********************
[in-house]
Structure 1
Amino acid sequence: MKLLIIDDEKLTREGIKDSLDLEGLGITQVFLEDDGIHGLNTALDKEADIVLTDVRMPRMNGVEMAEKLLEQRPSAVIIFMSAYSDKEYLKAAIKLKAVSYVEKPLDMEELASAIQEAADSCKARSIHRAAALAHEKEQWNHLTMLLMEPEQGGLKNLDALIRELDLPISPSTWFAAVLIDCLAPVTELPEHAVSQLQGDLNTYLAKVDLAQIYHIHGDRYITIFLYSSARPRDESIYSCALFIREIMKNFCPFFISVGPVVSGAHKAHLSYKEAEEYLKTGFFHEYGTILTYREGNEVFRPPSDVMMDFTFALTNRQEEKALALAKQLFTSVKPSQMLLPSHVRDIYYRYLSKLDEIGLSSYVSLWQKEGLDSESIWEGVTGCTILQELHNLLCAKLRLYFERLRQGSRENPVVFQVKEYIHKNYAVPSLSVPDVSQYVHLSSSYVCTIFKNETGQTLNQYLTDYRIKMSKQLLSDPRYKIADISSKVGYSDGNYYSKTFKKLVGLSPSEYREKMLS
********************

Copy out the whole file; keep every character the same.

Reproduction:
[in-house]
Structure 1
Amino acid sequence: MKLLIIDDEKLTREGIKDSLDLEGLGITQVFLEDDGIHGLNTALDKEADIVLTDVRMPRMNGVEMAEKLLEQRPSAVIIFMSAYSDKEYLKAAIKLKAVSYVEKPLDMEELASAIQEAADSCKARSIHRAAALAHEKEQWNHLTMLLMEPEQGGLKNLDALIRELDLPISPSTWFAAVLIDCLAPVTELPEHAVSQLQGDLNTYLAKVDLAQIYHIHGDRYITIFLYSSARPRDESIYSCALFIREIMKNFCPFFISVGPVVSGAHKAHLSYKEAEEYLKTGFFHEYGTILTYREGNEVFRPPSDVMMDFTFALTNRQEEKALALAKQLFTSVKPSQMLLPSHVRDIYYRYLSKLDEIGLSSYVSLWQKEGLDSESIWEGVTGCTILQELHNLLCAKLRLYFERLRQGSRENPVVFQVKEYIHKNYAVPSLSVPDVSQYVHLSSSYVCTIFKNETGQTLNQYLTDYRIKMSKQLLSDPRYKIADISSKVGYSDGNYYSKTFKKLVGLSPSEYREKMLS